48 Tasting Notes
Archetypal black tea—a rich, mahogany liquid that’s hearty, substantial and warming like a bowl of oatmeal. Nothing unique to write home about, but does its job well; if you “could use A Cup of Tea™,” this is exactly what you’re looking for!
Flavors: Caramel, Grain, Malt, Roasted Barley, Vegetal
A very simple tea: darkly flavorful. If you like cinnamon, you’ll like it, and I imagine it would very nicely complement a plate of sugary pastries. I’m docking points because it’s a little boring and I can’t help compare it to other, more interesting blends (e.g., Harney & Sons’ “Hot Cinnamon Spice”).
Flavors: Bark, Cinnamon
What a polarizing tea! It’s easy to pinpoint why people either love it—or, in most cases, loathe it: the weird, warm spike of medicinal sour-sweetness that dominates any other flavors as you swallow. The reviewer who called the flavor “like warm [non-sugary] Tang” is absolutely right.
I must be one of the weird ones because I find this taste neither appealing nor particularly off-putting. Like most artificial things, It’s perfectly innocuous, even pleasing, until you start really homing in on it. (Which, to be fair, you’re supposed to do if you’re reviewing the tea…)
Flavors: Medicinal, Orange, Orange Zest, Tangy
Served plain, this tastes like a standard, somewhat uninteresting black tea with a little bit of a sweet aftertaste. Unobtrusive, and pleasant enough, but not something I’d go out of my way to drink.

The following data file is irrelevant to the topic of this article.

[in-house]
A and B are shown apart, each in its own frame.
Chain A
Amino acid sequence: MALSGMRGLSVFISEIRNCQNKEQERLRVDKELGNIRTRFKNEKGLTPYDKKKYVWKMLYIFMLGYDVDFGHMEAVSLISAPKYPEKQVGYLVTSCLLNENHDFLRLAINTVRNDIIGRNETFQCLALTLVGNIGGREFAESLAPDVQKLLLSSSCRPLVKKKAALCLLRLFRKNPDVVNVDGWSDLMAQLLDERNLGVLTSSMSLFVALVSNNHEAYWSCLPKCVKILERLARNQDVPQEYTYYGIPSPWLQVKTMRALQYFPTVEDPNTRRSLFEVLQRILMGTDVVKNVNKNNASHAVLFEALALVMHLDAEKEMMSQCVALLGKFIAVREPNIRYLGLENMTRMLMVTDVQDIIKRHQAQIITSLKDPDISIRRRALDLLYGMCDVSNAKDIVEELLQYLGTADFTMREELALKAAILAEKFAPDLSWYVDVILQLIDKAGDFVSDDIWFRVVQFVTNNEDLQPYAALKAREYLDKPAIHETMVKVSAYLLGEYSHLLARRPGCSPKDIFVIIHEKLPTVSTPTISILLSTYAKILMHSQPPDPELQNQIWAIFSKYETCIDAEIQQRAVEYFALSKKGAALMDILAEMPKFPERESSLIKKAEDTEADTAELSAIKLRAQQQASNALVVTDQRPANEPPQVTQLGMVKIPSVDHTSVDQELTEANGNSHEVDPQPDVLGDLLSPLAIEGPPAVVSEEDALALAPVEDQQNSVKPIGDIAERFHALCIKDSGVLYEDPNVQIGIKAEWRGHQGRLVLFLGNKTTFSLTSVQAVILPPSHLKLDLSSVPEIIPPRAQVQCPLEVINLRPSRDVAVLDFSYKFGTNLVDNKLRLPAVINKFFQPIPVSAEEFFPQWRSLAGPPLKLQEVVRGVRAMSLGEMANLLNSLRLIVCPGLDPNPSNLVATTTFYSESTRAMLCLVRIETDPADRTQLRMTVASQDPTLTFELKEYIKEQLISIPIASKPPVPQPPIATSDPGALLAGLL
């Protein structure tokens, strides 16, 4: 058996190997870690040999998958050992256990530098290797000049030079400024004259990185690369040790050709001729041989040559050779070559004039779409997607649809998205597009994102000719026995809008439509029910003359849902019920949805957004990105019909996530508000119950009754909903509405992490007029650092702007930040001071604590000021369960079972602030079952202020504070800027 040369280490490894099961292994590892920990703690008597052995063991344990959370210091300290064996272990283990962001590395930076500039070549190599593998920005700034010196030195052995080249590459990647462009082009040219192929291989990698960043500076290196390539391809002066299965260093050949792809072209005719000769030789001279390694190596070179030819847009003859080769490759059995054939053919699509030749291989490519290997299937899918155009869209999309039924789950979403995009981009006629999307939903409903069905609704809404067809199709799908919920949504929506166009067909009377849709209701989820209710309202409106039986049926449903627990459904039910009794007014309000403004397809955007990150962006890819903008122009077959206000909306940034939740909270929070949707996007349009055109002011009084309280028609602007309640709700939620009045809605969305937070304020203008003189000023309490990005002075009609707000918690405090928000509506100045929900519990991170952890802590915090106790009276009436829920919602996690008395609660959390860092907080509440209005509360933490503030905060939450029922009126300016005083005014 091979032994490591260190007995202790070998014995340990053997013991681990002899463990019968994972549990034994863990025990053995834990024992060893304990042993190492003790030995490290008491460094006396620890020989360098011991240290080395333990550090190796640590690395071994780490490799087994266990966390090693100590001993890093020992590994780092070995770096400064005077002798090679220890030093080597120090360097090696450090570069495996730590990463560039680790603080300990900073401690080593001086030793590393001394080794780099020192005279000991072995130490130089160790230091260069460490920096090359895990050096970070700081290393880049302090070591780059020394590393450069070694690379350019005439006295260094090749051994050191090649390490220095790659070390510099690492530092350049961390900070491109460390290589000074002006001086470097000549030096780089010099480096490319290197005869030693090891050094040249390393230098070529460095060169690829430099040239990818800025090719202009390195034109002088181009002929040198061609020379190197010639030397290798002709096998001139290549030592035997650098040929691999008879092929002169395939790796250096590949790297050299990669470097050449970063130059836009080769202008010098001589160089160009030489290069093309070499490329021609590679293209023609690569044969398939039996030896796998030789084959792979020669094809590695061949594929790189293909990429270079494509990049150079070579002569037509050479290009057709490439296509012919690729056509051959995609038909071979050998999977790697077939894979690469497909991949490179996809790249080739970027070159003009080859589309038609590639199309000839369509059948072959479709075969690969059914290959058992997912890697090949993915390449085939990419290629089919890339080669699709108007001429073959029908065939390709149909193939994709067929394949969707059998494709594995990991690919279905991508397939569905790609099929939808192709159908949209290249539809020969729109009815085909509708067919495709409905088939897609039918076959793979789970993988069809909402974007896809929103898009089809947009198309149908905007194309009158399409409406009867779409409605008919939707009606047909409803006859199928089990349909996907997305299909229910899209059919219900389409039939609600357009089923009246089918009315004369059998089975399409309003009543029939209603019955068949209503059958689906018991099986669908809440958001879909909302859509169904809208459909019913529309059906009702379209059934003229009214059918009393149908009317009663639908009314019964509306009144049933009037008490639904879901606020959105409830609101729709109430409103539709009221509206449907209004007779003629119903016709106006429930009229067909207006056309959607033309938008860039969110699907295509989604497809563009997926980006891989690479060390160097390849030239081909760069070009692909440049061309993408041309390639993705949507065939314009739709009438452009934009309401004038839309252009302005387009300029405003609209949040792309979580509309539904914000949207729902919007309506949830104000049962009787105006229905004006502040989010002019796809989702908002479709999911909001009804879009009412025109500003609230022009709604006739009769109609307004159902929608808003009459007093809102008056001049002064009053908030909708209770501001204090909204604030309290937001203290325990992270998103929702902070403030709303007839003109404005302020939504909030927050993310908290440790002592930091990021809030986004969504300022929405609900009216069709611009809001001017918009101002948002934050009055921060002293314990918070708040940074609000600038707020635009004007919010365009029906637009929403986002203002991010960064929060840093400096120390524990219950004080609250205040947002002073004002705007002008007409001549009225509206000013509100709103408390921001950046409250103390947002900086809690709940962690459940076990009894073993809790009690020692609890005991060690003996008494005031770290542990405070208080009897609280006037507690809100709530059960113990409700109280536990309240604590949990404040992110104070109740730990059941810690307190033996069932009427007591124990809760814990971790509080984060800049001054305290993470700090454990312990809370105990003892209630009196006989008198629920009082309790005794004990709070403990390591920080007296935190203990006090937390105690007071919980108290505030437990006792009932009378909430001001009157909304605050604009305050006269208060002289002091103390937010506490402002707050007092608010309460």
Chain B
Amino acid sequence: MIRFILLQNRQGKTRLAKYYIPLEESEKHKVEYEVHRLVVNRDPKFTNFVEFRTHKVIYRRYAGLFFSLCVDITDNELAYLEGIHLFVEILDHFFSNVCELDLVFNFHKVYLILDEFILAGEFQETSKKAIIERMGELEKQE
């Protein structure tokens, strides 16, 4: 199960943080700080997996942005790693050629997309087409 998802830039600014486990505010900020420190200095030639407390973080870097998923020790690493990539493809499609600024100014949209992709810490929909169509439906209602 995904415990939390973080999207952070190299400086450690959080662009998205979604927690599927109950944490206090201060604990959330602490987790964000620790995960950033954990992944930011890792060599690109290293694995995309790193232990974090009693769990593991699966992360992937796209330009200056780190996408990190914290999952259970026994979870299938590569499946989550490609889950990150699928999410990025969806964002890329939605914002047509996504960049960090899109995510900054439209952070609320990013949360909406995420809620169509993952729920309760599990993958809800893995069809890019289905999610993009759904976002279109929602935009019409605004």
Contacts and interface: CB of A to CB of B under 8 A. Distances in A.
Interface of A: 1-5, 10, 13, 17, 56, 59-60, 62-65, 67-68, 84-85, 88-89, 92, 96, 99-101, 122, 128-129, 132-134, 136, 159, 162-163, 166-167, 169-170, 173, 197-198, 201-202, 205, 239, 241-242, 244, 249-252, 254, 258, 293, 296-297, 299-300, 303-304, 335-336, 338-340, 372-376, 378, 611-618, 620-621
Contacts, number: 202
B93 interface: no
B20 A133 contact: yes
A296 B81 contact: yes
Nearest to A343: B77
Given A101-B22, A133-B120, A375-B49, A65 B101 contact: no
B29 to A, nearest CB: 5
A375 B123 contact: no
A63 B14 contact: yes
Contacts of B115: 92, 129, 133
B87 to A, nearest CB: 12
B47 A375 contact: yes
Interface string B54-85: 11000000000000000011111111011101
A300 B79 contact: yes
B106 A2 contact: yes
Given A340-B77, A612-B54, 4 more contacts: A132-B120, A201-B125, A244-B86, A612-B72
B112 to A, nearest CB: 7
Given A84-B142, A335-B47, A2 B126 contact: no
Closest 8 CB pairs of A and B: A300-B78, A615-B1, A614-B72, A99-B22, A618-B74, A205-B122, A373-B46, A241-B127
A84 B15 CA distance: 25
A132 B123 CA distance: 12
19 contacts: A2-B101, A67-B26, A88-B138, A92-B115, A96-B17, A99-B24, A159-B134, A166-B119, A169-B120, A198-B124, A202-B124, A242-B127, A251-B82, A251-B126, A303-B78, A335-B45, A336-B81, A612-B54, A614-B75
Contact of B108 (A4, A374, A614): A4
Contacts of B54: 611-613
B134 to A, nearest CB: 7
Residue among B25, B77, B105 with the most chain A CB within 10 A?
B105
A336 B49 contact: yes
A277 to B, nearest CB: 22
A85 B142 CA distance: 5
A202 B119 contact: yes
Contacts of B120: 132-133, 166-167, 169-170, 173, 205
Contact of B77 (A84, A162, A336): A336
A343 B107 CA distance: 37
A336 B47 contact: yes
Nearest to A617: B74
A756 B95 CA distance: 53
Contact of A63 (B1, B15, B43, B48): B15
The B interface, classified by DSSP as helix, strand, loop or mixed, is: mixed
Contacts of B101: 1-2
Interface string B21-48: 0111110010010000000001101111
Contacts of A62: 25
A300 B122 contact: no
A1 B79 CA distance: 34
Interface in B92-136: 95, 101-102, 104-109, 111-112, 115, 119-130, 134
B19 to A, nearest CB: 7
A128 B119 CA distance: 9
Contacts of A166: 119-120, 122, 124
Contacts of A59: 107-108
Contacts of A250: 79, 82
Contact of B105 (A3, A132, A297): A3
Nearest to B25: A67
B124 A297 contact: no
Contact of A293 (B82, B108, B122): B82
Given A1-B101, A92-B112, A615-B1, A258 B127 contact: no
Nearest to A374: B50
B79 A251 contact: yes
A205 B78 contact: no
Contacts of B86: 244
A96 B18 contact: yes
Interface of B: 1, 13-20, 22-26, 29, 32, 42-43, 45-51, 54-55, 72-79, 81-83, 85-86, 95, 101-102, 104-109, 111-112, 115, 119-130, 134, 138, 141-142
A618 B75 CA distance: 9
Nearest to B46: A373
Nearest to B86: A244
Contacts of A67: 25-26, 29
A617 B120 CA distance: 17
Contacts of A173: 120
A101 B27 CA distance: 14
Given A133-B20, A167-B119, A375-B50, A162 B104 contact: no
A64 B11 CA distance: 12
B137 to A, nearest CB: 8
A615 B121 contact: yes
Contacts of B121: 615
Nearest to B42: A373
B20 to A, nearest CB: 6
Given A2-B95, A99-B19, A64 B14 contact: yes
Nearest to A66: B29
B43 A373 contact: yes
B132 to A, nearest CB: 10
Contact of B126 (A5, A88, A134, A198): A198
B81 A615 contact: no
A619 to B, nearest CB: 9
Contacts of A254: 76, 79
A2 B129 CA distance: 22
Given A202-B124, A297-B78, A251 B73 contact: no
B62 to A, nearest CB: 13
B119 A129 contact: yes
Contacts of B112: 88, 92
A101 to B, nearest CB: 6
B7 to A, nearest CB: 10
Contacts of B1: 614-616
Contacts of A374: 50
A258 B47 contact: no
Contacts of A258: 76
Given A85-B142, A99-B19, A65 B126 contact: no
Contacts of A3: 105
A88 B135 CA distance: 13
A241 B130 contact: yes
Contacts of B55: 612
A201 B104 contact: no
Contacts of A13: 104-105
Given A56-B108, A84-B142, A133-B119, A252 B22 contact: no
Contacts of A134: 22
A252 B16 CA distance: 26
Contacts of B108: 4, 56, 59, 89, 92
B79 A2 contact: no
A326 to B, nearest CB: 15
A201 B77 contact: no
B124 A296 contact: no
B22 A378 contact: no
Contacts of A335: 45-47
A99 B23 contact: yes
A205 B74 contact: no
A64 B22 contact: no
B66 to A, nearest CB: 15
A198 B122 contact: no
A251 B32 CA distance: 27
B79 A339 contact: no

Though I should note that I’m drinking a backlogged bag; it seems Bigelow changed their formula in the fall (?) of 2015, and this new formula has everyone on their site up in arms about how terrible it is. Purchase at your own risk…!
Sleepytime is so mild and soothing. The flavors of lemongrass and spearmint are noticeably present, but their sting is completely eradicated by the flowery chamomile. The tea is light-bodied and faintly sweet—but it could definitely take honey if that’s, your, you know, cup of tea.
I’d recommend this for its stated purpose of winding down, especially for those who find Tension Tamer too strong.
This tea looks and smells fresh and inviting. It’s pretty, actually…made of dried fruits with delicate edges, all light tan or peach or deep red. It reminds me of potpourri.
When I hold the tea in my mouth and swirl it around, I find a very nice flavor that’s very fruity and a little bit tart, like a berry compote. In fact, I think this would be a great complement to mixed-berry tea bread. However, I am yet again disappointed that the flavor is so subtle. If I just swallow the stuff without any ceremony, I get a little tingle of orange in my throat, but no complexity.
To be fair: 1) I’m addicted to black coffee, so maybe my threshold for “strong” is a little higher than most people’s; 2) this tea is evidently great when mixed with a green or black tea and served iced; and 3) my batch is more than a year old, and for a while I was storing it in the original packaging (i.e., a paper bag) rather than in an airtight container. I cannot speak to how this would influence the flavor. Does anyone know?